5. Limitations

The institution utilized for the present study is a private baccalaureate liberal arts institution located in the Midwestern United States and serves a diverse and predominately residential student population. The applicability of the findings to other campus settings is unknown. The survey instruments employed were administered to first-year undergraduates in 2010 and 2013 (SIF), and again in 2014 and 2017 (CSS) when the students were in their senior year of study. The significance of the findings is best understood when comparing the results with published analyses of larger, survey data that address similar questions.
These limitations, however, do not temper this study’s and its predecessors’ (see, for example, Thompson & Common, 2017; Thompson & Epstein, 2013) contributions concerning the significant relationship between student engagement and the development of character over the undergraduate experience. The totality of the evidence supports the important role institutions play in shaping the intellectual and personal development of their students. The findings demonstrate again the vital importance of students’ engagement with college-based interactions and resources and their impact on the holistic education of students.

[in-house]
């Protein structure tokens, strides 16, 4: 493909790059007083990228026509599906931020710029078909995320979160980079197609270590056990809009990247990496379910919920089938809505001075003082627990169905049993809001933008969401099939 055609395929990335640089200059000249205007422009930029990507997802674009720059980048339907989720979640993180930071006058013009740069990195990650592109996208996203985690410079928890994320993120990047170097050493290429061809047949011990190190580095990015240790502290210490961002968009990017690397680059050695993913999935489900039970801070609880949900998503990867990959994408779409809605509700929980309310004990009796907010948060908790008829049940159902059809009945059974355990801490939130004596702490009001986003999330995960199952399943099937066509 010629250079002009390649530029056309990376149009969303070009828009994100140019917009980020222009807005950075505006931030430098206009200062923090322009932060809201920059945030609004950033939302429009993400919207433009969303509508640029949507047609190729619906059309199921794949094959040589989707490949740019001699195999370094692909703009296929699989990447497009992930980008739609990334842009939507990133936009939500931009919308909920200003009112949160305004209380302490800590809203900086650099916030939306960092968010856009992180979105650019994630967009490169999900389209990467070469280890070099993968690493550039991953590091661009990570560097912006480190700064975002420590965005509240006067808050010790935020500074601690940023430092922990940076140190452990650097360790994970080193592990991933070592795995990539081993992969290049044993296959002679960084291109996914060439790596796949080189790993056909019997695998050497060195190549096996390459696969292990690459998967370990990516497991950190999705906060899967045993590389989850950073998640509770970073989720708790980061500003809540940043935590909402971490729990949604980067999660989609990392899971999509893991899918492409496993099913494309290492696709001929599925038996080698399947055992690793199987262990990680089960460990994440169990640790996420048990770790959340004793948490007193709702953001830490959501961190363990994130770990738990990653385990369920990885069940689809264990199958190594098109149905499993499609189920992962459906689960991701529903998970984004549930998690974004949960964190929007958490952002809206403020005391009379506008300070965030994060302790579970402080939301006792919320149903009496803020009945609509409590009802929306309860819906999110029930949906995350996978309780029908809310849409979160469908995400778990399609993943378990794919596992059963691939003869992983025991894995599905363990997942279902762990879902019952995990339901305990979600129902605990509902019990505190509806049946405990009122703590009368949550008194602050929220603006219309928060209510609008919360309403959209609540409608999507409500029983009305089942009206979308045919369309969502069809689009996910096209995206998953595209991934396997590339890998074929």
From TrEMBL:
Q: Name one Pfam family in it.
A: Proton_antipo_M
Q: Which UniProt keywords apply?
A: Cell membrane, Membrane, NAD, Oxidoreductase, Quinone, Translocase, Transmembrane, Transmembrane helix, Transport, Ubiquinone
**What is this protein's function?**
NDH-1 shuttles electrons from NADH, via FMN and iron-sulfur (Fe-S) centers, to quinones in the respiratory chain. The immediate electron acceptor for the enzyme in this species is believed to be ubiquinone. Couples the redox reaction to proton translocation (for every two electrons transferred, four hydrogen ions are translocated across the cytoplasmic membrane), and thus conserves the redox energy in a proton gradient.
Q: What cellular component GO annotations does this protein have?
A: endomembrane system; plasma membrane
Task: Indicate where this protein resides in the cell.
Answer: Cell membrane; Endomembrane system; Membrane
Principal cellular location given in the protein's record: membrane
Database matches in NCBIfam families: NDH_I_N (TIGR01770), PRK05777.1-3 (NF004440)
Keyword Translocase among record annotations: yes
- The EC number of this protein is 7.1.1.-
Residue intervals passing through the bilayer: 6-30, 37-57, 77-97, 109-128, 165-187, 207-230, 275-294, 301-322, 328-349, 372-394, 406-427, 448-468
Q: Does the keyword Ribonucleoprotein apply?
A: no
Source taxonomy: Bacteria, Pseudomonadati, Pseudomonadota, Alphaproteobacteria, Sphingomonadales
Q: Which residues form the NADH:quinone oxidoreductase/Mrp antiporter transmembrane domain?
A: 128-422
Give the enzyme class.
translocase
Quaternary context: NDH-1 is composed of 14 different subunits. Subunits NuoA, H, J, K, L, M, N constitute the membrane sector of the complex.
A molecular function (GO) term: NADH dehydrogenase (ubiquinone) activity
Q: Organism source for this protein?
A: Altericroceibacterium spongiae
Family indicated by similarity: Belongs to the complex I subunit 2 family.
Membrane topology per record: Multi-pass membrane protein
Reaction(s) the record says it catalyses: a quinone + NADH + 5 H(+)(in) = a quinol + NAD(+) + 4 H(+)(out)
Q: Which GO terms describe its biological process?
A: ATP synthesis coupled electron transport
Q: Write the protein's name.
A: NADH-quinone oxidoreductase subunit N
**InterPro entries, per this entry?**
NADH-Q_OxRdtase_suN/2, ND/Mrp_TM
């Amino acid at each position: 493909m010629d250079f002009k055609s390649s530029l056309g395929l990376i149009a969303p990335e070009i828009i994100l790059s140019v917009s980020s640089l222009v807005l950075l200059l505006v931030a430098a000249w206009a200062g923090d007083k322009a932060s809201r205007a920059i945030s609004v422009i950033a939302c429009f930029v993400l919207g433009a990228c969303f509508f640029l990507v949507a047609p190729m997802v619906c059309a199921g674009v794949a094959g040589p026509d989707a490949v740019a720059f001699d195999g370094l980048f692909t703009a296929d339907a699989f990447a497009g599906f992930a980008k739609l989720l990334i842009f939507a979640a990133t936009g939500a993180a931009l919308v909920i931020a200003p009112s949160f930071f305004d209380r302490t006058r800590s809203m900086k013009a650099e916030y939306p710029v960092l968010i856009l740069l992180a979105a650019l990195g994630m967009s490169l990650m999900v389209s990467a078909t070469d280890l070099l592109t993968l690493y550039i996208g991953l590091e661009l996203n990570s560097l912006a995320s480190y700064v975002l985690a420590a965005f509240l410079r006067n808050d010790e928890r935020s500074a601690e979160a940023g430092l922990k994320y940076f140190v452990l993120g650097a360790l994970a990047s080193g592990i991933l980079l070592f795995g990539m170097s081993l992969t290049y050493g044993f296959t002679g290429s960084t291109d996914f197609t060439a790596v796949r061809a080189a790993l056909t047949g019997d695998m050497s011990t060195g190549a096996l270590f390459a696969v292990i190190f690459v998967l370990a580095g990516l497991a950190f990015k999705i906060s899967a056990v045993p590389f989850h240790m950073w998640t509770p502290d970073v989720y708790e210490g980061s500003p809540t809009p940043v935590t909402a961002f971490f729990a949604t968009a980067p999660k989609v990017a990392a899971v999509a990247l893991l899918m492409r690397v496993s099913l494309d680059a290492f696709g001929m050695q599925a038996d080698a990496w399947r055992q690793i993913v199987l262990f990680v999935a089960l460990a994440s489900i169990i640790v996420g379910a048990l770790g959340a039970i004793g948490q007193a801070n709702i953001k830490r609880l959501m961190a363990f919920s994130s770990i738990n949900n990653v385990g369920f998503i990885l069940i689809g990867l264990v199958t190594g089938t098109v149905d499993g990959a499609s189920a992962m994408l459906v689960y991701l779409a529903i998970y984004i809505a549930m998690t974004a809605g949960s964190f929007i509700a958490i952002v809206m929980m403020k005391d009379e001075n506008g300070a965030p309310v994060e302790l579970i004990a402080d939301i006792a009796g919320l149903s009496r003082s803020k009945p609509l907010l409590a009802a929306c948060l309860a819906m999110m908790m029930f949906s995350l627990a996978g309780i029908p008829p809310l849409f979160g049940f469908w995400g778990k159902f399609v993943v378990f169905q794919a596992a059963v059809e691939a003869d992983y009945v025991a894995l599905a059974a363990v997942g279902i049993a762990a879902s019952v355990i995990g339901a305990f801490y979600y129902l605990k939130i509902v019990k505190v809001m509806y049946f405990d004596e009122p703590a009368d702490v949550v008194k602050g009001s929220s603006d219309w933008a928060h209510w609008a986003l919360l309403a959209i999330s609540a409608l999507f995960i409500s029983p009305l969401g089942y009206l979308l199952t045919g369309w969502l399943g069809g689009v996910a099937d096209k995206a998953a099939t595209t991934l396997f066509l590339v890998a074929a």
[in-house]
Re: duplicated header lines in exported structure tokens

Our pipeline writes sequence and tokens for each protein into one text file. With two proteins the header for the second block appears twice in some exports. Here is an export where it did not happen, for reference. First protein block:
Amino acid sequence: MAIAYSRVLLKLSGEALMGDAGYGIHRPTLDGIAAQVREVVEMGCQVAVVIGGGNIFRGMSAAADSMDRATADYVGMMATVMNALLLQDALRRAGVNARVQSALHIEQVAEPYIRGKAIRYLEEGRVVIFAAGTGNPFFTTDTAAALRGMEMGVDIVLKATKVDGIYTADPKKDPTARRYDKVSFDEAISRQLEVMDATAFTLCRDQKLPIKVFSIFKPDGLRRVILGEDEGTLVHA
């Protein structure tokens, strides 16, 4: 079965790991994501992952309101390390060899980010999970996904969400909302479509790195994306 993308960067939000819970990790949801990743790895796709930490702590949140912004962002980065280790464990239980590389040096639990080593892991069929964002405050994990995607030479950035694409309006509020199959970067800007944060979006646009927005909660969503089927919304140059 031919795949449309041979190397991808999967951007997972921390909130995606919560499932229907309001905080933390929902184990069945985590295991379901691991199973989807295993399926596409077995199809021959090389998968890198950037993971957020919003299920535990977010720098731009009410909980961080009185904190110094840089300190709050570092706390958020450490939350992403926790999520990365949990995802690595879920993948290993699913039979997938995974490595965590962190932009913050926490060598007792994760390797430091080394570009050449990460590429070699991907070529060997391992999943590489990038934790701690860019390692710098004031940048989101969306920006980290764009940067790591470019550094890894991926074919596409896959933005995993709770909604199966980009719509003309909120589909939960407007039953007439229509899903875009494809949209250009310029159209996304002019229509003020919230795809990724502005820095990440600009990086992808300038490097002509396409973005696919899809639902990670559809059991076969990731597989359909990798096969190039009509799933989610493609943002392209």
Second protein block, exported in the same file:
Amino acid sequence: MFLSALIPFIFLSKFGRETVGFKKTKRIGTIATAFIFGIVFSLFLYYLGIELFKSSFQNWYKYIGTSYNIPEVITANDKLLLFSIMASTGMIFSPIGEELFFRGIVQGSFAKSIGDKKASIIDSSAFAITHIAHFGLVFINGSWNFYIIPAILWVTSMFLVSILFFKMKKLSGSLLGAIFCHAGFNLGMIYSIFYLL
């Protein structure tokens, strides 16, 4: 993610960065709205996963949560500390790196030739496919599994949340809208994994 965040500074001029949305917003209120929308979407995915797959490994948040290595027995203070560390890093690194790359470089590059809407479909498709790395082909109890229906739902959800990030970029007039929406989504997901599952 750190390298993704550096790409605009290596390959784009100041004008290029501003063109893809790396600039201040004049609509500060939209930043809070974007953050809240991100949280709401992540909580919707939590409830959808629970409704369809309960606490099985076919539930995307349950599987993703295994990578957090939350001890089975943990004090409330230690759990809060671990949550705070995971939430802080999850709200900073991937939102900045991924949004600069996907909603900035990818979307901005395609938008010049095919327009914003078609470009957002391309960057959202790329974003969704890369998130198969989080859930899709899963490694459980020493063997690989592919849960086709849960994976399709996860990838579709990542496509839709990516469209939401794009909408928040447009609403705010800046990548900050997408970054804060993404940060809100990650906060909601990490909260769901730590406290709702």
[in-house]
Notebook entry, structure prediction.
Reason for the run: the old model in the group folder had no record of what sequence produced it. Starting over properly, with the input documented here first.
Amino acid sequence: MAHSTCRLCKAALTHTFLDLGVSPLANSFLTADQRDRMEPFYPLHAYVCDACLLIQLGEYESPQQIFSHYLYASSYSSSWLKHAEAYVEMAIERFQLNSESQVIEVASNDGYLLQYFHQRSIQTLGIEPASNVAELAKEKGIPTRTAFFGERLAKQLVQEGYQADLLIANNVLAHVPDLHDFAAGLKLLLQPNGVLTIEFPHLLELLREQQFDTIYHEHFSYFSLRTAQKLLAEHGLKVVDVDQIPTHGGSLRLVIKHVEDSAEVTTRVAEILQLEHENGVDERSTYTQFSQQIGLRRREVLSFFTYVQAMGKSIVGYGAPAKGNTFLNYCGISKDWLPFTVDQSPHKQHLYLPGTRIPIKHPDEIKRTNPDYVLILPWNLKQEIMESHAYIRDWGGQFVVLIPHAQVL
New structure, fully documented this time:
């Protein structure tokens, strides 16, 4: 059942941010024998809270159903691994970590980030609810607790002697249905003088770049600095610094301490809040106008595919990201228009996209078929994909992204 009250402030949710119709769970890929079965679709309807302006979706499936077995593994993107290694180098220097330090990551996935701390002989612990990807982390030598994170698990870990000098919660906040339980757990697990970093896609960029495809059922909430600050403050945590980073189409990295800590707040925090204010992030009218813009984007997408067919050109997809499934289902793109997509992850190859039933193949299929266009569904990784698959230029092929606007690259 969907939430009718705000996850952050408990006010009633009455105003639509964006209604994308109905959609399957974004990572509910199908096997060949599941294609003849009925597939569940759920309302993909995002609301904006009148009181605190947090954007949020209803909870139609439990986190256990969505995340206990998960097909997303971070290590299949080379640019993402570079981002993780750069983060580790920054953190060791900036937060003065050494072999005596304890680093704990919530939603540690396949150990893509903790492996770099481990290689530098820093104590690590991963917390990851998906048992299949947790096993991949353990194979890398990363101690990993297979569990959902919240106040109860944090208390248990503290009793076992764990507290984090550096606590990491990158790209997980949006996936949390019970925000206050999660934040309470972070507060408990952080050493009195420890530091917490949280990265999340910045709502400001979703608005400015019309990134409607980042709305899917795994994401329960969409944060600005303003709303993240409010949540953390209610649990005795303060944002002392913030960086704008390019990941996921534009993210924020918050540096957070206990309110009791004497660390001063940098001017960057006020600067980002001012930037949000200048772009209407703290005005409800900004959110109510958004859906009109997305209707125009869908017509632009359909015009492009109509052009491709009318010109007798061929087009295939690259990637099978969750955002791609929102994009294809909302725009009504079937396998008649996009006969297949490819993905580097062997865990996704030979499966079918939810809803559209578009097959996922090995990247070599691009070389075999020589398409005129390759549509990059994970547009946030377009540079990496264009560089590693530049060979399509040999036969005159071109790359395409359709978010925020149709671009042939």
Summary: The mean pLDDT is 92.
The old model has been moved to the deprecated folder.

Appendix A: Content of Multiple Item Scales

Student Information Form (SIF)
Predisposition to Character
1) Influencing social values
2) Raising a family
3) Helping others who are in difficulty
4) Becoming involved in programs to clean up the environment
5) Developing a meaningful philosophy of life
6) Participating in a community action program
7) Helping to promote racial understanding
8) Improving my understanding of other countries and cultures
College Senior Survey (CSS)
1) Influencing social values
2) Raising a family
3) Helping others who are in difficulty
4) Developing a meaningful philosophy of life
5) Participating in a community action program
6) Helping to promote racial understanding
7) Integrating spirituality into my life
8) Improving my understanding of other countries and cultures
Student-Faculty Interaction
1) Advice and guidance about your educational program
2) Emotional support and encouragement
3) Help to improve your study skills
4) Feedback about your academic work (outside of grades)
5) An opportunity to discuss coursework outside of class
6) An opportunity to apply classroom learning to "real-life" issues
Diverse Peer Interaction
1) Dined or shared a meal
2) Felt insulted or threatened because of your race/ethnicity
3) Had guarded interactions
4) Had intellectual discussions outside of class
5) Had meaningful and honest discussions about racial/ethnic relations outside of class
6) Had tense, somewhat hostile interactions
7) Shared personal feelings and problems
8) Socialized or partied
9) Studied or prepared for class